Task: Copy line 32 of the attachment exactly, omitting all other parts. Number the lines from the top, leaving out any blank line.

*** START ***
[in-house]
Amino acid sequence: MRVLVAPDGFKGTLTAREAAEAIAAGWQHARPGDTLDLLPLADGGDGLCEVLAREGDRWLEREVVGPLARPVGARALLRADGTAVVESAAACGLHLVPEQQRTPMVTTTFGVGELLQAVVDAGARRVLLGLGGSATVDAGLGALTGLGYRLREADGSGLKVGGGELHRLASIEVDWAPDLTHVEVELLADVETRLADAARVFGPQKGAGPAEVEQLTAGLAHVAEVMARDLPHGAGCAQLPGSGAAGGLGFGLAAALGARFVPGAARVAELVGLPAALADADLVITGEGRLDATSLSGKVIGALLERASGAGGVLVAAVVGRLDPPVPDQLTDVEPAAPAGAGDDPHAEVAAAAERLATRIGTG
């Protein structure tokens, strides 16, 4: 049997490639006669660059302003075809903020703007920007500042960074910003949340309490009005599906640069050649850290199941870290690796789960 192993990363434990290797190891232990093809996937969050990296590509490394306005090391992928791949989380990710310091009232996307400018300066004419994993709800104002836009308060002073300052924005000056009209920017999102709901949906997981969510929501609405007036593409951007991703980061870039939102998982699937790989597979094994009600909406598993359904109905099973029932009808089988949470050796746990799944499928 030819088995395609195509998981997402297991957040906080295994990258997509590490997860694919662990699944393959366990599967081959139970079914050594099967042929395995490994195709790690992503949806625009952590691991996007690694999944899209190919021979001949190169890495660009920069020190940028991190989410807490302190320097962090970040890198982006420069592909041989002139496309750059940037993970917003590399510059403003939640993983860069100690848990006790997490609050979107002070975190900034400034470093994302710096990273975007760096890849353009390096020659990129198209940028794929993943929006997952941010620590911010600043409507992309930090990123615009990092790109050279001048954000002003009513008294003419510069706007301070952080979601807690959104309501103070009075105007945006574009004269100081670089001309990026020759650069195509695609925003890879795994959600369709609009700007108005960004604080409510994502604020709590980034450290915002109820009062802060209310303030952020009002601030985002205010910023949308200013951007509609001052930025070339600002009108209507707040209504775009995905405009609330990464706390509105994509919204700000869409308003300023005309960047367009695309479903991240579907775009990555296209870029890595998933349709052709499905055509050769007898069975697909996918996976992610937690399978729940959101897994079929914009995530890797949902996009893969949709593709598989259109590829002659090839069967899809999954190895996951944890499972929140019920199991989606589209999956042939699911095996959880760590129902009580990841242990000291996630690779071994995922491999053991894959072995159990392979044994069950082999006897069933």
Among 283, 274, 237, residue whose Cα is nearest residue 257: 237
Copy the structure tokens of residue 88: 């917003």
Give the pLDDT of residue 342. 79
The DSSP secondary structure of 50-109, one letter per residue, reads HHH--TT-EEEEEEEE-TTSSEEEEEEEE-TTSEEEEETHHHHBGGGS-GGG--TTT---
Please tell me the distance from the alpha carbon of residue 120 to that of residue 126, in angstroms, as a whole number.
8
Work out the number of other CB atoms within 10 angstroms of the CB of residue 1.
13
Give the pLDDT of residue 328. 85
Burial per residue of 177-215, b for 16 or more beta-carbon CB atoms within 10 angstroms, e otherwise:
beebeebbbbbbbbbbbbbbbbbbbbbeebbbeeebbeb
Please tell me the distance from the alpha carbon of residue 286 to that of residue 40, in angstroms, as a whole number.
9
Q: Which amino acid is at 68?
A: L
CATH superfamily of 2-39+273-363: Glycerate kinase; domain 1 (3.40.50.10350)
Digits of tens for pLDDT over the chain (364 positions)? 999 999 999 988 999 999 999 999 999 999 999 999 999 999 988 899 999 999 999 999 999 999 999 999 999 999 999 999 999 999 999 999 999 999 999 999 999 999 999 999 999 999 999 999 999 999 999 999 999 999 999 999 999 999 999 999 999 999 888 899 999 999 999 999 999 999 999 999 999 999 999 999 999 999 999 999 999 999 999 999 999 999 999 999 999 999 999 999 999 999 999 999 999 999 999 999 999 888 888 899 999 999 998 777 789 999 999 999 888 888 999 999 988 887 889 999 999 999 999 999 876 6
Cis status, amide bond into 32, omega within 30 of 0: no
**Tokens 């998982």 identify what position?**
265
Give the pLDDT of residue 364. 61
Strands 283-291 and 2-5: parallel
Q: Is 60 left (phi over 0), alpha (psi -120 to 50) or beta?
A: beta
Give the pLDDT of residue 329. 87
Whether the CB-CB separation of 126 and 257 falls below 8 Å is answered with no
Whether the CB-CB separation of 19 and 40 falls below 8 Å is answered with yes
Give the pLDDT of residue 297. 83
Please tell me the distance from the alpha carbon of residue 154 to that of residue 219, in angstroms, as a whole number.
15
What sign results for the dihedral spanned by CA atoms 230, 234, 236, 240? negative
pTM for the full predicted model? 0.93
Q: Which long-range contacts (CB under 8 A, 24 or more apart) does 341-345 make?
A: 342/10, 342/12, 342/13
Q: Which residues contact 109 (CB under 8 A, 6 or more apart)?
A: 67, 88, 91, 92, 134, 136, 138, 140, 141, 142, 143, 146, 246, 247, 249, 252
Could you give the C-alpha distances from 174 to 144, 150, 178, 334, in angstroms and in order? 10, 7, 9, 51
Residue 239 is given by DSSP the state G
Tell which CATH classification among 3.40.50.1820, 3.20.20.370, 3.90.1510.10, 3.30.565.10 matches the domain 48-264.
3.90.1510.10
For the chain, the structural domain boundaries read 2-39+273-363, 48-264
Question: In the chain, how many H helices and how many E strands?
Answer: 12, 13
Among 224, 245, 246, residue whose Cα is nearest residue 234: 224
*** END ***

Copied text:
Please tell me the distance from the alpha carbon of residue 154 to that of residue 219, in angstroms, as a whole number.